As Sewell sees it, some companies – Motorola is particularly mentioned – are trying to use their standards-essential patents to coerce Apple into either paying above the odds for the use of such technology, or to pressure it into licensing product-differentiating technology.
With the current state of technology patents and FRAND licensing under the microscope, we’re likely to see more back-and-forth between Apple, Google and others before we get anywhere near IP reform. Still, if Google was hoping Apple would simply sit back and let it declare elements of iOS common-ground, it seems it will go away disappointed.
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Since the last year, Qualcomm changed its philosophy for the mid-grade processors and started to implement features that were only found in the company’s high-end chipsets. That gave birth to the powerful Snapdragon 660, a mid-range processor featuring the Custom Kyro cores, bringing a performance comparable to the Snapdragon 820. This year, Qualcomm would repeat the successful move and bring the Snapdragon 670, a cheaper downgraded version of the Snapdragon 845. Apparently, Qualcomm had a change of mind and will not launch it as Snapdragon 670. The chipset will be rebranded to Snapdragon 710 marking the start of a new 7xx series of Qualcomm processors to be featured in those smartphones that sit on the premium class of mid-range smartphones (yes that exists).
According to a leak spotted by the folks at XDA, the first company to feature the Snapdragon 710 will be no other than Xiaomi. Both companies have been building a long relationship of this kind, with the latter being the first company to sport some of Qualcomm’s mid-range processors, this time will not be different. After researching through a set of firmware files, delivered by the guys of the chúng tôi – a service that allows users to update, unbrick or rebrand Huawei and Honor Phones for a fee – XDA-Developers found evidence about the Snapdragon 710 in two upcoming Xiaomi smartphones, codenamed as Sirus and Comet.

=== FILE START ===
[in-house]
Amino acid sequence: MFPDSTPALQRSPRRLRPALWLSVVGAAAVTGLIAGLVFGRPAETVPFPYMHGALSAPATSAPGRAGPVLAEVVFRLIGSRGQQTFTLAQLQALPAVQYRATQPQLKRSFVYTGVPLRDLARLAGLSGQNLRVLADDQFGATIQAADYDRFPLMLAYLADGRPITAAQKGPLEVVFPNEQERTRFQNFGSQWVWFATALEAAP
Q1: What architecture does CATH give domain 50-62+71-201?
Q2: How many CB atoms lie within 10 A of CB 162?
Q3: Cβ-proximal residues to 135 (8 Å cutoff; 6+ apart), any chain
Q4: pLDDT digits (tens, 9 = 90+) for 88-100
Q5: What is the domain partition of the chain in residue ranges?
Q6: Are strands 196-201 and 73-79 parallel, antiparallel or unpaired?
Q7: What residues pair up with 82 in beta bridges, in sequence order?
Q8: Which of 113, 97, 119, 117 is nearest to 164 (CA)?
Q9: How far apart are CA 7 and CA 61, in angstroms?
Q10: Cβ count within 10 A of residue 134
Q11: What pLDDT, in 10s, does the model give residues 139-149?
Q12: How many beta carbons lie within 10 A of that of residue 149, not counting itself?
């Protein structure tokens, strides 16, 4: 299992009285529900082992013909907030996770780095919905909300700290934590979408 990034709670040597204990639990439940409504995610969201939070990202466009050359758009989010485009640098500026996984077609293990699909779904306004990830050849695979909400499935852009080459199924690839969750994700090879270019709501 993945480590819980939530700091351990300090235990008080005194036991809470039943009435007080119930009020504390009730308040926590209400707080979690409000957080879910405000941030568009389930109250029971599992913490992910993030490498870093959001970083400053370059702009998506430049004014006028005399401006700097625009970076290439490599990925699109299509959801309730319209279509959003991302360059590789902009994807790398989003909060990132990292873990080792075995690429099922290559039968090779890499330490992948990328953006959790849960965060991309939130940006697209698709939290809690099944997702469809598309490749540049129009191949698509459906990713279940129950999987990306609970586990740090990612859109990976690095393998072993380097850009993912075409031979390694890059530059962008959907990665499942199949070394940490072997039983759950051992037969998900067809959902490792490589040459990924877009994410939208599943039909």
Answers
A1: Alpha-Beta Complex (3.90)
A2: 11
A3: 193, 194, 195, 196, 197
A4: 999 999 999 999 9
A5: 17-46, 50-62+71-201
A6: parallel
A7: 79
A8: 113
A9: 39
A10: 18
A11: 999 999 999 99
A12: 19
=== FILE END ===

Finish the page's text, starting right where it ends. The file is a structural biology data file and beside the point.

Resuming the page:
Worth noting that previously, the renowned Roland Quandt has reported the existence of a Snapdragon 710, though he was unable to share all details at that time. Apparently, the reason for this lack was in the files that all of the details of this leak have been documented by him. After digging in the kernel source of the Snapdragon 670, he discovered all the details regarding the CPU and the GPU.Gizchina News of the week
We have to confess, that this kind of configuration is really unusual, but should deliver an extreme power to the premium mid-range smartphones. The graphical power of the Snapdragon 710 will be ensured by the Adreno 615 GPU which operates with a standard clock speed of 430MHz ~ 650MHz, but can reach 700MHz dynamically. Lastly, but not least, the chipset will support UFS 2.1 and eMMC 5.1 Flash memory.Xiaomi “Comet” and Xiaomi “Sirius”
XDA post also revealed more details about the upcoming Snapdragon 710 powered Xiaomi smartphones. Those unannounced Xiaomi devices were firstly spotted some weeks ago, but no further details about the pair of smartphones have been revealed. Everything we know is that they carry a “Sirus” and “Comet” codename and can just be prototypes of handsets that could never see the light of day. Anyway, XDA listed some of the specifications of both handsets, at least the ones that they have been allowed to disclose.Comet